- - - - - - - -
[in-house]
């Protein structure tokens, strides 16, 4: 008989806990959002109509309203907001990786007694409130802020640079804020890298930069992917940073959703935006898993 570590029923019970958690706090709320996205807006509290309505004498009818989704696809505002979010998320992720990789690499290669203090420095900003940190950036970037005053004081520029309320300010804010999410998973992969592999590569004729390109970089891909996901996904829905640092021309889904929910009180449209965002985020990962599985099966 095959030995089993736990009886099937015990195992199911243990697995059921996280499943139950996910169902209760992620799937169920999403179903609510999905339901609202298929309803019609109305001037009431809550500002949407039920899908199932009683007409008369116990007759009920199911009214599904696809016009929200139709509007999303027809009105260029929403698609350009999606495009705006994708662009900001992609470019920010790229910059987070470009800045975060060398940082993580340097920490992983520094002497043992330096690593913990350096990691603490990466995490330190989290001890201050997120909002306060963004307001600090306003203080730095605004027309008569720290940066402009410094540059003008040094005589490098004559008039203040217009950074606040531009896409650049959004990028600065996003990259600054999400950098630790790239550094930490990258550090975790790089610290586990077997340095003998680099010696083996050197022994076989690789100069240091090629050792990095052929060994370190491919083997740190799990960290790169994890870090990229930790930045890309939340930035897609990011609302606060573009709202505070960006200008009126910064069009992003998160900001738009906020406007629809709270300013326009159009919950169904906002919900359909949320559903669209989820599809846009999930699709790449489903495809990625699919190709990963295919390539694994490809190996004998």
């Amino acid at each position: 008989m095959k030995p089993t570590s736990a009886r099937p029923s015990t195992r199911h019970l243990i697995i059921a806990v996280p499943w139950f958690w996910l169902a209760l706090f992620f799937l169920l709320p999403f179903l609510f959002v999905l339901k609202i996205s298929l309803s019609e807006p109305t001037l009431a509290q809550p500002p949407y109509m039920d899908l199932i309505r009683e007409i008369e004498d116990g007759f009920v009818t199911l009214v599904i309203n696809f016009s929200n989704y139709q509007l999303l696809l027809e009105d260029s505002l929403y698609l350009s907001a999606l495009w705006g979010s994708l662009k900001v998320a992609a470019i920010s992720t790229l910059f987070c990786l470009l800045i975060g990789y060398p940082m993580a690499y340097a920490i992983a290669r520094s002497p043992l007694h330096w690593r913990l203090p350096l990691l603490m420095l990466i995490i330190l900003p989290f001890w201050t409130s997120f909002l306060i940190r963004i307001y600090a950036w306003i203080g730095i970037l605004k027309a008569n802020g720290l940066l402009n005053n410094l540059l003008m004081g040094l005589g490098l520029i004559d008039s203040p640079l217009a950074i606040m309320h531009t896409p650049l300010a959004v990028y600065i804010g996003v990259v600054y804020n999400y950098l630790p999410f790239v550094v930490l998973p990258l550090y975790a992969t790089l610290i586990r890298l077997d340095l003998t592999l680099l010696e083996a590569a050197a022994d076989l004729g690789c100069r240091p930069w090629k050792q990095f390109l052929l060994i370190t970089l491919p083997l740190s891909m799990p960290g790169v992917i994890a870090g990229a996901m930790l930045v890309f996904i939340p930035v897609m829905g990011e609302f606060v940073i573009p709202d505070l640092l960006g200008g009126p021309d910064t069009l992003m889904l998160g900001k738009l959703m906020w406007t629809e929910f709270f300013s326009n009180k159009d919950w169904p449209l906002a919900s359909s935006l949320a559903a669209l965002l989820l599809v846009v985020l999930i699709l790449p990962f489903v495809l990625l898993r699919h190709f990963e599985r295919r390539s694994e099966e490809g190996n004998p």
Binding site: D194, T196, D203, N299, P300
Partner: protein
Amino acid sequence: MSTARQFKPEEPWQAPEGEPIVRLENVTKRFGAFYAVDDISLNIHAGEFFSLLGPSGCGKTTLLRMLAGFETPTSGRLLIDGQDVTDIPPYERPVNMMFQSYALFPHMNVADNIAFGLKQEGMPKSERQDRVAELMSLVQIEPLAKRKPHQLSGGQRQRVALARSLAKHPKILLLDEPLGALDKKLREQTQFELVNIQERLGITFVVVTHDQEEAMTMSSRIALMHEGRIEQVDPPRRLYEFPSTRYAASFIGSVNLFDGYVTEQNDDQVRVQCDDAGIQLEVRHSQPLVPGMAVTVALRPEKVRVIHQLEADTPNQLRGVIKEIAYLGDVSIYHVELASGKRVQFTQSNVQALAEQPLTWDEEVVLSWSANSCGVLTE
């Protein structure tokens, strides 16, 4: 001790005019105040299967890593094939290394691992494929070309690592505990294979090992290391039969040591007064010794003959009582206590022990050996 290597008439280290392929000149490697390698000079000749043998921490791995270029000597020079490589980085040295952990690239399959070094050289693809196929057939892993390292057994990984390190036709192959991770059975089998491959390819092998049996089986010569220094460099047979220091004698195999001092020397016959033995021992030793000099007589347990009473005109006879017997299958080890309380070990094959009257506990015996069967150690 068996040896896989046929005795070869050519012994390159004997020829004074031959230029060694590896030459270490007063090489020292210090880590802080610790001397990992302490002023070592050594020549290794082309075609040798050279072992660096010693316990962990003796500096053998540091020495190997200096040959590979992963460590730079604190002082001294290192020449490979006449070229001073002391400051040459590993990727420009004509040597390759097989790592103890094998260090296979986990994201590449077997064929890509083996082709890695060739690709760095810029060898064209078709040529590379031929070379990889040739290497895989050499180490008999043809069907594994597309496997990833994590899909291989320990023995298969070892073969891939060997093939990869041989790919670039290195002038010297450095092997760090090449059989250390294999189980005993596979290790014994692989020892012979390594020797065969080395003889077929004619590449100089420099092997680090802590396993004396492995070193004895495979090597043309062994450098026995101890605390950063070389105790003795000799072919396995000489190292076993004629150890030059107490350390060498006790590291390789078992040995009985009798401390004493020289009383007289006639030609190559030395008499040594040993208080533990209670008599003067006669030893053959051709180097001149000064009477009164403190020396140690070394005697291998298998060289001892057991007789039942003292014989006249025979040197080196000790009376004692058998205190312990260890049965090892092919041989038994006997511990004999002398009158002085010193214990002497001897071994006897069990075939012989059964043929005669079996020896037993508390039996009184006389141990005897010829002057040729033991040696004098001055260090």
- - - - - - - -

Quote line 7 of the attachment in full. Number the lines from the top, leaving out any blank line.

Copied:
């Protein structure tokens, strides 16, 4: 001790005019105040299967890593094939290394691992494929070309690592505990294979090992290391039969040591007064010794003959009582206590022990050996 290597008439280290392929000149490697390698000079000749043998921490791995270029000597020079490589980085040295952990690239399959070094050289693809196929057939892993390292057994990984390190036709192959991770059975089998491959390819092998049996089986010569220094460099047979220091004698195999001092020397016959033995021992030793000099007589347990009473005109006879017997299958080890309380070990094959009257506990015996069967150690 068996040896896989046929005795070869050519012994390159004997020829004074031959230029060694590896030459270490007063090489020292210090880590802080610790001397990992302490002023070592050594020549290794082309075609040798050279072992660096010693316990962990003796500096053998540091020495190997200096040959590979992963460590730079604190002082001294290192020449490979006449070229001073002391400051040459590993990727420009004509040597390759097989790592103890094998260090296979986990994201590449077997064929890509083996082709890695060739690709760095810029060898064209078709040529590379031929070379990889040739290497895989050499180490008999043809069907594994597309496997990833994590899909291989320990023995298969070892073969891939060997093939990869041989790919670039290195002038010297450095092997760090090449059989250390294999189980005993596979290790014994692989020892012979390594020797065969080395003889077929004619590449100089420099092997680090802590396993004396492995070193004895495979090597043309062994450098026995101890605390950063070389105790003795000799072919396995000489190292076993004629150890030059107490350390060498006790590291390789078992040995009985009798401390004493020289009383007289006639030609190559030395008499040594040993208080533990209670008599003067006669030893053959051709180097001149000064009477009164403190020396140690070394005697291998298998060289001892057991007789039942003292014989006249025979040197080196000790009376004692058998205190312990260890049965090892092919041989038994006997511990004999002398009158002085010193214990002497001897071994006897069990075939012989059964043929005669079996020896037993508390039996009184006389141990005897010829002057040729033991040696004098001055260090």